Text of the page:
Programming Fonts

Computer programming requires a specialized form of reading. Programmers use a lot of different fonts for reading and writing code. In spite of this variety, monospace kerning and lightly styled san-serif typefaces are almost universally prefered.

Design Study:

In many ways typography is the soul of graphic design. A good font must find a balance between style and clarity given the constraints of display/printing technology. I recently had an opportunity to think about how typography is used in computer programming environments. When confronted with an open ended problem, I usually find a basic survey to be a helpful starting point. The results of this research are not shocking but, I think they are mildly interesting worth sharing.

The Data

The basic question of what fonts programmers use comes up every ~2 years on Hacker News [1], [2], [3], [4]. This offers a relatively rich dataset (n = 98) on people's actual practice. It is relatively easy to collect and tabulate this data to get a sense of what sort of fonts people use when writing code. Based on this analysis, what kind of typefaces do people use for reading and writing computer code?

Chart of font preference

As you can see there is a lot of variety when it comes to font preferences - allowing people to choose their own font is clearly a good idea for an IDE. There is probably some self-selection bias in this data. Default fonts like SF Mono are probably under represented here, however people who care enough to change the default settings are also generally a good group to listen to.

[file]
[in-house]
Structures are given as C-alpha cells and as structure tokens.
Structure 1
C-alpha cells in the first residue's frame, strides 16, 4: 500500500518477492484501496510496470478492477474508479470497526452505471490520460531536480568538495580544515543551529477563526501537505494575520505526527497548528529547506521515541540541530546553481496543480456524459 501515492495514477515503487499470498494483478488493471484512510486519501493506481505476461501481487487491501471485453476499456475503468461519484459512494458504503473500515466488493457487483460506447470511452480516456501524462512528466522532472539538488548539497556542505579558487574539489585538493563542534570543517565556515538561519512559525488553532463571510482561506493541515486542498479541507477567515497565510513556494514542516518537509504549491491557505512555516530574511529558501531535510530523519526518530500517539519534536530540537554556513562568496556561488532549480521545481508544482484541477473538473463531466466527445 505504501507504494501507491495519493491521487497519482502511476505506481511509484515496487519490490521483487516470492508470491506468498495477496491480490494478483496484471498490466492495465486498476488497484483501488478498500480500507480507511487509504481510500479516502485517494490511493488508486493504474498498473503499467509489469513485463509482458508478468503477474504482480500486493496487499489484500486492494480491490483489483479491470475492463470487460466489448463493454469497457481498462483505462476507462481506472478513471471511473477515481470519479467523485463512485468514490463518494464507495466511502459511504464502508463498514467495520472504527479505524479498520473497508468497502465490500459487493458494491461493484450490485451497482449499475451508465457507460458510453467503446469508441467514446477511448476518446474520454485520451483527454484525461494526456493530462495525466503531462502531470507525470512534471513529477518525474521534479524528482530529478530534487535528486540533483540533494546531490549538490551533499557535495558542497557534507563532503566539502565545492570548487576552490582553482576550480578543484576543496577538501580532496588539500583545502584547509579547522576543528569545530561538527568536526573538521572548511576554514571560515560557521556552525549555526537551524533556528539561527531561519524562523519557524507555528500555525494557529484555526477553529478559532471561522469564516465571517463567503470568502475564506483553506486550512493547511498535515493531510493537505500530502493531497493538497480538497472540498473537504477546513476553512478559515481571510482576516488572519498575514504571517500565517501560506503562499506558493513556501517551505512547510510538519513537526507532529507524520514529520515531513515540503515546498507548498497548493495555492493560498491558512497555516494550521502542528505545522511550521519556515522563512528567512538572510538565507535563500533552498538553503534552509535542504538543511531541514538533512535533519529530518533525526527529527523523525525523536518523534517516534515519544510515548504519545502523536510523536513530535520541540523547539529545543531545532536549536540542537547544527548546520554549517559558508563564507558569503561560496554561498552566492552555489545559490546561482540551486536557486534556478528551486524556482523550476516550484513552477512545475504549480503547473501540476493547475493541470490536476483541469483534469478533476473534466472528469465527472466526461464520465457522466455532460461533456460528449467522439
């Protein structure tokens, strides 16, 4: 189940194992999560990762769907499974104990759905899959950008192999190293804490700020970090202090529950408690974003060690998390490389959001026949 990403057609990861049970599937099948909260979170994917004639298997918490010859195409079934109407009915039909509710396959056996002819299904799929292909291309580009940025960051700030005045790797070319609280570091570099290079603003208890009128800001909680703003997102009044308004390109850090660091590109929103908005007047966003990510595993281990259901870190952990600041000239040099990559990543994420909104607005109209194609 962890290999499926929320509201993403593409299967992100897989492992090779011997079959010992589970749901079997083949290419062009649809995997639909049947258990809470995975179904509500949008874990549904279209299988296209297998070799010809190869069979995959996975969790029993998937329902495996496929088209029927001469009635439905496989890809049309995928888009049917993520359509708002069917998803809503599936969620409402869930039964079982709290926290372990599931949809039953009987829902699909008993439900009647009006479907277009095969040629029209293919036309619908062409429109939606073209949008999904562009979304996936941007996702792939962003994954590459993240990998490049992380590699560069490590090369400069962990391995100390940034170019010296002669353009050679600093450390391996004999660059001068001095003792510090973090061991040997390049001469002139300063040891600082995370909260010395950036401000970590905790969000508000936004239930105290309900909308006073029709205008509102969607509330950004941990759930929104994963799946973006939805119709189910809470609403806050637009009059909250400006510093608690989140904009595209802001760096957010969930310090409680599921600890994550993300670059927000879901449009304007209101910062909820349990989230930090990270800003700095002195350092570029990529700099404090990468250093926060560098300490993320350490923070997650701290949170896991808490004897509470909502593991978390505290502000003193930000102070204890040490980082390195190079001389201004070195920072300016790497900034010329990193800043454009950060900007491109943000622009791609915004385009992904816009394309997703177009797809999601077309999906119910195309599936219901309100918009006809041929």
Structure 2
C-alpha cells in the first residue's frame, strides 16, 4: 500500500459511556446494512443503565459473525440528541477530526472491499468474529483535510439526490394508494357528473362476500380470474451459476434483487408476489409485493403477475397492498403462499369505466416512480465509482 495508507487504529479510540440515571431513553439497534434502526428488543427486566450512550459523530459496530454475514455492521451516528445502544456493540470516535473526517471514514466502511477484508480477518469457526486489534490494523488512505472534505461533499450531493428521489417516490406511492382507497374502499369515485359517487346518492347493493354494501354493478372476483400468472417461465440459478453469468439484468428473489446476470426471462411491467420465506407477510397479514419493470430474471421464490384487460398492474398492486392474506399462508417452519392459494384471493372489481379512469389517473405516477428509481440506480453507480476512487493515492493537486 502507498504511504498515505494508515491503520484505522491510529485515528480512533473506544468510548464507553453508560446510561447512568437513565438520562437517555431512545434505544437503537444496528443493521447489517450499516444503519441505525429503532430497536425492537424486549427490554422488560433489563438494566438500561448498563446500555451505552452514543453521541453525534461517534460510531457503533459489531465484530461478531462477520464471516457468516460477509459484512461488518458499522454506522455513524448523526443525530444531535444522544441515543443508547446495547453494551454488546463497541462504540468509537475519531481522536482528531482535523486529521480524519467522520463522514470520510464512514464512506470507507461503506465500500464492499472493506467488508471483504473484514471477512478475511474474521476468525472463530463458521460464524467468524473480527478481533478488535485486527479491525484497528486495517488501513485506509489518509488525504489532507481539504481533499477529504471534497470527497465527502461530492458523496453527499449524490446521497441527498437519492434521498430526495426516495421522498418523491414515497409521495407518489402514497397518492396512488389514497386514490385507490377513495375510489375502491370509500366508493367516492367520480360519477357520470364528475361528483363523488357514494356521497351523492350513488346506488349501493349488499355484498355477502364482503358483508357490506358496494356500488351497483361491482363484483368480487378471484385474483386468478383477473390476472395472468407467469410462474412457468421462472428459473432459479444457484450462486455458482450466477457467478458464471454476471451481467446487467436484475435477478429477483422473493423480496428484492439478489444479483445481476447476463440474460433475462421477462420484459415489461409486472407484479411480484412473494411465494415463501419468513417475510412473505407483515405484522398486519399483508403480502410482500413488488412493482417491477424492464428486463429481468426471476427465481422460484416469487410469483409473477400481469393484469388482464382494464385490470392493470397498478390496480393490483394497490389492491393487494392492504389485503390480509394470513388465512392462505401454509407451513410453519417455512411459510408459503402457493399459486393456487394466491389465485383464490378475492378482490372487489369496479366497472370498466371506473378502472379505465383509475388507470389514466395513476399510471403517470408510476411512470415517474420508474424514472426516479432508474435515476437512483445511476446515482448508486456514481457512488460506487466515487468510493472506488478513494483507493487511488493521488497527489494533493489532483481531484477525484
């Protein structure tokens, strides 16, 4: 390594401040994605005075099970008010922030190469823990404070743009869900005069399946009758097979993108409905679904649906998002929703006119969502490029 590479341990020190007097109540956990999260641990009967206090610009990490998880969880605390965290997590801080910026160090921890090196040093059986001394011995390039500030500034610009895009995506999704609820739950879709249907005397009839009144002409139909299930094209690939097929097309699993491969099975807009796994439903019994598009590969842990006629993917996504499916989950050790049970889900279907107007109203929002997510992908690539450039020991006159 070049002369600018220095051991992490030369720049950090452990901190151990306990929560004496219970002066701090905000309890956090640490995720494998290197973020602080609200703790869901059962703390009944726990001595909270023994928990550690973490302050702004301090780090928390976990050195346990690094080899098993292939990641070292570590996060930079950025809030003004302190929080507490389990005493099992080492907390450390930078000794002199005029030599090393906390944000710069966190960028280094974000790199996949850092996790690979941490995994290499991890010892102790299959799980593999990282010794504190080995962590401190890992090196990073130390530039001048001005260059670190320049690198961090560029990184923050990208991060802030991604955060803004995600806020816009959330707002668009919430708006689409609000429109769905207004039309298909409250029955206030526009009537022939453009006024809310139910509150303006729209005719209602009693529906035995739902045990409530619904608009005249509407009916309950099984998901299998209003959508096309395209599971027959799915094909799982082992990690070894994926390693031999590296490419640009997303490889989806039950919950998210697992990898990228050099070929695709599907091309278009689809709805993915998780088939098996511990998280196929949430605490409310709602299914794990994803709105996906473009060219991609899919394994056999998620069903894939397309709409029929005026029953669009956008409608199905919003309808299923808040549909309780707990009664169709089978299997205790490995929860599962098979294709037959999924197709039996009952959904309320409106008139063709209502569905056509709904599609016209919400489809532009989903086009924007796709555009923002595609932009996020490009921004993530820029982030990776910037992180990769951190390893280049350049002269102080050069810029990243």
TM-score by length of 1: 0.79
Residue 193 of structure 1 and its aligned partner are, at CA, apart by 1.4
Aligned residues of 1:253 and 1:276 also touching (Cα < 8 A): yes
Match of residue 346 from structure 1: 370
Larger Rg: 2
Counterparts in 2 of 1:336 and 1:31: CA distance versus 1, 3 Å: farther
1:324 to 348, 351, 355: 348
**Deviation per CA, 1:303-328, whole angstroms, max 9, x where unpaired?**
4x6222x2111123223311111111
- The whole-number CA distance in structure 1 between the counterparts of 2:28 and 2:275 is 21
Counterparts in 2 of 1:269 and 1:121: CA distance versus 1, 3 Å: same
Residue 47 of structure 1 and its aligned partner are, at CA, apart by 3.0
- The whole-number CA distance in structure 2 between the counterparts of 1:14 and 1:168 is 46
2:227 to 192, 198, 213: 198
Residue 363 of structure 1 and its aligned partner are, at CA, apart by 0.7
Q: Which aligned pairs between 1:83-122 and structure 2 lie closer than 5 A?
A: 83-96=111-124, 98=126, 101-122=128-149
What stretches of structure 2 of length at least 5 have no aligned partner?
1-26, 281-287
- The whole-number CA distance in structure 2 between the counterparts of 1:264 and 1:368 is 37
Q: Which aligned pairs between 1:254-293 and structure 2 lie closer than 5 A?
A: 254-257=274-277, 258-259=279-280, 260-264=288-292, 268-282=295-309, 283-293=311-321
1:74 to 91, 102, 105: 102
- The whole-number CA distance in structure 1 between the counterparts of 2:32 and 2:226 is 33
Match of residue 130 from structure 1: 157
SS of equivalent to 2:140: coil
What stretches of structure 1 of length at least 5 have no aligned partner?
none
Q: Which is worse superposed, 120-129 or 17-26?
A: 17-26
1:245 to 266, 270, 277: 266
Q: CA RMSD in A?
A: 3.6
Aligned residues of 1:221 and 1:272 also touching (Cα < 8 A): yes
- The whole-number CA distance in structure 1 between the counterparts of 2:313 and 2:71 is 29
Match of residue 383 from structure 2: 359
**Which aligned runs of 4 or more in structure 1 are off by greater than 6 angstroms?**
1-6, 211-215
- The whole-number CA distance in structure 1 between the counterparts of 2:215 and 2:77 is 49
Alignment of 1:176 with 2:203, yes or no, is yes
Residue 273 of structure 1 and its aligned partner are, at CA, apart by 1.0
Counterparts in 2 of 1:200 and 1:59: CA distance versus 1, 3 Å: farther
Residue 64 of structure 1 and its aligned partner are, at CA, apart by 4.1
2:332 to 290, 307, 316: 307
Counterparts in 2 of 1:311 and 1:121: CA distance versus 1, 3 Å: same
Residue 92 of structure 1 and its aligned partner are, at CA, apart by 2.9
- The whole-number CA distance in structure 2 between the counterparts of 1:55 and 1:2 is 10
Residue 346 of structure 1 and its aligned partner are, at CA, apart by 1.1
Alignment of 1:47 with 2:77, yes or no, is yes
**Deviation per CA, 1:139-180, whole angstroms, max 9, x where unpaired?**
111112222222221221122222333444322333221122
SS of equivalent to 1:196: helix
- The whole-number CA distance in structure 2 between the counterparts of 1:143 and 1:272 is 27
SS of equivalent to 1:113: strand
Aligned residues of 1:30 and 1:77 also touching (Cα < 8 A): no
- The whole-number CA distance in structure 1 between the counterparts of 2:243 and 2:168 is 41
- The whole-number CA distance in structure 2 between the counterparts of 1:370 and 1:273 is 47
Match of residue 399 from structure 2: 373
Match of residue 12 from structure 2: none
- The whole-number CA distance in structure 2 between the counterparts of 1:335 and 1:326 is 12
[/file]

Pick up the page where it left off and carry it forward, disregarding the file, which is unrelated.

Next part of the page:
Moreover, while there is a lot of variety in the total number of fonts people use, a deeper look suggests that this diversity is largely superficial.


Chart of kerning preference

Monospaced fonts are used by 96% of respondents. This preference can be explained since kerning would throw off the layout and visual formatting of code.


Chart of serif preference

Similarly san-serif fonts are strongly prefered by 90% of respondents. This may have to do with the need to read very small letters. While serifs may have a slight advantage in reading speed, serifs can become blurry for very small glyphs.

Additionally, while there is a strong preference for san-serif fonts, this does not mean helvetica clones are always appropriate. Certain glyphs (i, j, m, n) are often used idiomatically in programming contexts.

Chart of serif preference for letter i

92% of the respondents used a font which had serifs on the lower case 'i'. The implication here is that a good programming font needs to provide additional styling on these characters.


Computer programming requires a lot of reading (sometimes >8 hours a day). While traditional prose writing is concerned with large tracts of text, computer code focuses more on punctuation and formatting. A single character can change the meaning of a line of code, and indentation reveals logical structure. Looking at the preferences of computer programmers, a good programming font should:

So what is a good programming font? Probably the top choice of this poll: Raph Levien's well constructed Inconsolata:

example of inconsolata

Data and scripts can be found here.